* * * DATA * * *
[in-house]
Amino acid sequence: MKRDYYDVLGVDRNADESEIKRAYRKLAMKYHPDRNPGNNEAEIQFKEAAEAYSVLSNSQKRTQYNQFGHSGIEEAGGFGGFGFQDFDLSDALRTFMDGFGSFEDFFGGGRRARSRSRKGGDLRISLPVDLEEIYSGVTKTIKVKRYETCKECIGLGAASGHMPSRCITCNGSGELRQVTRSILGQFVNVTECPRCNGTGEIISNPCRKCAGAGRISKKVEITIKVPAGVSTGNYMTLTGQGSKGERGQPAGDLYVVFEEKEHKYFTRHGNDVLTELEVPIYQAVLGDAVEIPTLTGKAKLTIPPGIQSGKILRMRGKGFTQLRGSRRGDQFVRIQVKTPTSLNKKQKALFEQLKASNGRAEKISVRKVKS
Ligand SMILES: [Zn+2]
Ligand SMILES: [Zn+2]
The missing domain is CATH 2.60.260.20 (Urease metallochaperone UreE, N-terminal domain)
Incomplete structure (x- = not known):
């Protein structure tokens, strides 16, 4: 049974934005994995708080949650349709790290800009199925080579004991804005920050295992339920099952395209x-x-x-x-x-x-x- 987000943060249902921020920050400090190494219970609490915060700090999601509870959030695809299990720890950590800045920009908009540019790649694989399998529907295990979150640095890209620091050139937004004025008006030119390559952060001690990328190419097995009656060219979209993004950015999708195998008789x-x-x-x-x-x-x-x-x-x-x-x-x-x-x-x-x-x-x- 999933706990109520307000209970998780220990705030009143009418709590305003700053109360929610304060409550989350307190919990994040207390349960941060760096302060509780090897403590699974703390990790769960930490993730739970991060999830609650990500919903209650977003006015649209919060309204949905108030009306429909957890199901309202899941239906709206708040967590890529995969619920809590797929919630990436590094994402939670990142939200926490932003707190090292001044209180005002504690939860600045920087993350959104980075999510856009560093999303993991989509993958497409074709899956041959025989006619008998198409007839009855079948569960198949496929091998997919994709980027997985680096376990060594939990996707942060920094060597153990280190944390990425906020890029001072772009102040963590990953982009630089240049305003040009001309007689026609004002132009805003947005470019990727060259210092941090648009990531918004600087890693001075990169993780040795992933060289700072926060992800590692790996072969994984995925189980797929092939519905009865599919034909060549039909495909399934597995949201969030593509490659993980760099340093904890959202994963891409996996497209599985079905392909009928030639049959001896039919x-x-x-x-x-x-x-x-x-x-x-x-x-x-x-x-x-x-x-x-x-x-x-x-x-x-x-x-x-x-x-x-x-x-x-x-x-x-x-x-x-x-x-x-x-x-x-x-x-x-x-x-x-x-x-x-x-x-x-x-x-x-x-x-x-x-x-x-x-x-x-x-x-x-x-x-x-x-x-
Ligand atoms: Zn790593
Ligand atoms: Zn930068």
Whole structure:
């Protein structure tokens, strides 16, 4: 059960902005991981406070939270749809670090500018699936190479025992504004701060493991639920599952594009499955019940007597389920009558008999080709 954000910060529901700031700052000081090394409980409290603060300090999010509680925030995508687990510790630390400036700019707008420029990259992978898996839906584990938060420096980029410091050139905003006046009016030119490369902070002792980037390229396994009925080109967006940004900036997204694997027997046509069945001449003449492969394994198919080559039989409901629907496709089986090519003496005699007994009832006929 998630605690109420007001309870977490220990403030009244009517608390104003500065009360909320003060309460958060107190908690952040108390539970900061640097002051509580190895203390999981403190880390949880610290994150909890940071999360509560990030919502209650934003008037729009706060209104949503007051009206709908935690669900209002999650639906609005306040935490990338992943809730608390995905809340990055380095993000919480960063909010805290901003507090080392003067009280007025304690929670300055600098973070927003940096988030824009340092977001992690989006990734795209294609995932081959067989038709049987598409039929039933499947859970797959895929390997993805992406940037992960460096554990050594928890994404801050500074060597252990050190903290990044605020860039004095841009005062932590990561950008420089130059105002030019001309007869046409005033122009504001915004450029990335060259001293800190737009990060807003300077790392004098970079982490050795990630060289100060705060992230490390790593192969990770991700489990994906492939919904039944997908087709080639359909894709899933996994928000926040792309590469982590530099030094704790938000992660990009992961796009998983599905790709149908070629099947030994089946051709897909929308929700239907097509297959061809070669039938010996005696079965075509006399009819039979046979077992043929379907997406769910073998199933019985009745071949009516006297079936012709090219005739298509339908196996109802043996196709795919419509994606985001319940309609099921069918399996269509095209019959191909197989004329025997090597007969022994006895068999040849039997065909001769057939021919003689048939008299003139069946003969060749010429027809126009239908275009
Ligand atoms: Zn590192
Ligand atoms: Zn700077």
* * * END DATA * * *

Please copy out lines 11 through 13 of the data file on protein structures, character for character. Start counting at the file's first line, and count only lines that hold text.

């Protein structure tokens, strides 16, 4: 059960902005991981406070939270749809670090500018699936190479025992504004701060493991639920599952594009499955019940007597389920009558008999080709 954000910060529901700031700052000081090394409980409290603060300090999010509680925030995508687990510790630390400036700019707008420029990259992978898996839906584990938060420096980029410091050139905003006046009016030119490369902070002792980037390229396994009925080109967006940004900036997204694997027997046509069945001449003449492969394994198919080559039989409901629907496709089986090519003496005699007994009832006929 998630605690109420007001309870977490220990403030009244009517608390104003500065009360909320003060309460958060107190908690952040108390539970900061640097002051509580190895203390999981403190880390949880610290994150909890940071999360509560990030919502209650934003008037729009706060209104949503007051009206709908935690669900209002999650639906609005306040935490990338992943809730608390995905809340990055380095993000919480960063909010805290901003507090080392003067009280007025304690929670300055600098973070927003940096988030824009340092977001992690989006990734795209294609995932081959067989038709049987598409039929039933499947859970797959895929390997993805992406940037992960460096554990050594928890994404801050500074060597252990050190903290990044605020860039004095841009005062932590990561950008420089130059105002030019001309007869046409005033122009504001915004450029990335060259001293800190737009990060807003300077790392004098970079982490050795990630060289100060705060992230490390790593192969990770991700489990994906492939919904039944997908087709080639359909894709899933996994928000926040792309590469982590530099030094704790938000992660990009992961796009998983599905790709149908070629099947030994089946051709897909929308929700239907097509297959061809070669039938010996005696079965075509006399009819039979046979077992043929379907997406769910073998199933019985009745071949009516006297079936012709090219005739298509339908196996109802043996196709795919419509994606985001319940309609099921069918399996269509095209019959191909197989004329025997090597007969022994006895068999040849039997065909001769057939021919003689048939008299003139069946003969060749010429027809126009239908275009
Ligand atoms: Zn590192
Ligand atoms: Zn700077």